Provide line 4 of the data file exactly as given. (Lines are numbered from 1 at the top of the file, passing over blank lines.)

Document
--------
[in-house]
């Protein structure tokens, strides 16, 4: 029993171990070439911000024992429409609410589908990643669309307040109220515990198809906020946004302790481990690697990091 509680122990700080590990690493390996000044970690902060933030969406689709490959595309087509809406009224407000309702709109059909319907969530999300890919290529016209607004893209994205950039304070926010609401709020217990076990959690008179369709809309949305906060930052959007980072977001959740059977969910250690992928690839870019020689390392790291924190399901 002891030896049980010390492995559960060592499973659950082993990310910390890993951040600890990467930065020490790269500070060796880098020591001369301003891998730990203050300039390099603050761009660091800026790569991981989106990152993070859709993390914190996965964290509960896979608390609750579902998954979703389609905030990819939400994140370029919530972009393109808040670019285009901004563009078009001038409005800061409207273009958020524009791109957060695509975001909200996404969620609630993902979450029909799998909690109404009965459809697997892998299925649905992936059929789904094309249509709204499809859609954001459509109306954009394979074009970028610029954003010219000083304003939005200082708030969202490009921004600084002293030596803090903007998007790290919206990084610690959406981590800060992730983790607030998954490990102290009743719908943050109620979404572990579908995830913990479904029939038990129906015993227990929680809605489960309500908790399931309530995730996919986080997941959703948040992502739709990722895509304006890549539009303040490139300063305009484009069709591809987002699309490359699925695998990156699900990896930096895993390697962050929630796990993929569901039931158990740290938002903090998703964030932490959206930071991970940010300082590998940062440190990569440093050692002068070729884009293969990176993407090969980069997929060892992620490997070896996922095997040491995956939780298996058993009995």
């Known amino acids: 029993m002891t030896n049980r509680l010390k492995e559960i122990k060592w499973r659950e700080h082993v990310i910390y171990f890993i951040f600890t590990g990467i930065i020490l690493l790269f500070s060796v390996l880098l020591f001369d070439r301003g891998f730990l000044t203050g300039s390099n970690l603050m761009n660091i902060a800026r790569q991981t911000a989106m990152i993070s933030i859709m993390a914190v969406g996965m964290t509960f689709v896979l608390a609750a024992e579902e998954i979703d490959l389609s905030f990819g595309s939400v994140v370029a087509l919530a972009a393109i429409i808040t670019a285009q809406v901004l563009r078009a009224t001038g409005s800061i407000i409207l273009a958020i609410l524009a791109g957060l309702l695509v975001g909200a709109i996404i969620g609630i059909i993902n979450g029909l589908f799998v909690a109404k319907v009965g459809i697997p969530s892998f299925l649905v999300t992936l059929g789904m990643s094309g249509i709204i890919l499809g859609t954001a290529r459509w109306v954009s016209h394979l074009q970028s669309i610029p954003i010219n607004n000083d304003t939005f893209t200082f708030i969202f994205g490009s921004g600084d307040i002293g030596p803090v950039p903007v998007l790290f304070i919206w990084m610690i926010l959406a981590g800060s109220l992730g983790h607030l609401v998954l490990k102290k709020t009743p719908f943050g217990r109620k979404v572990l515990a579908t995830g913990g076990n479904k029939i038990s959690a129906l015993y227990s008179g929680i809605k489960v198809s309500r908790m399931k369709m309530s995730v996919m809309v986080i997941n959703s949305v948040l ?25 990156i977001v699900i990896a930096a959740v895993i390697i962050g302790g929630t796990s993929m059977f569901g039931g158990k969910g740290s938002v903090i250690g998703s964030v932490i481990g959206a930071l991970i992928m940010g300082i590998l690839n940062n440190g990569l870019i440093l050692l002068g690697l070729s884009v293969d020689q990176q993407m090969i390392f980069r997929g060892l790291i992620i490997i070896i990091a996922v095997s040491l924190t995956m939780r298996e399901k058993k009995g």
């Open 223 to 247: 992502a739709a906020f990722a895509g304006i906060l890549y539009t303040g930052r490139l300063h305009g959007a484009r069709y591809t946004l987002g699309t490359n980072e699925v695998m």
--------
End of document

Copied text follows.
């Open 223 to 247: 992502a739709a906020f990722a895509g304006i906060l890549y539009t303040g930052r490139l300063h305009g959007a484009r069709y591809t946004l987002g699309t490359n980072e699925v695998m």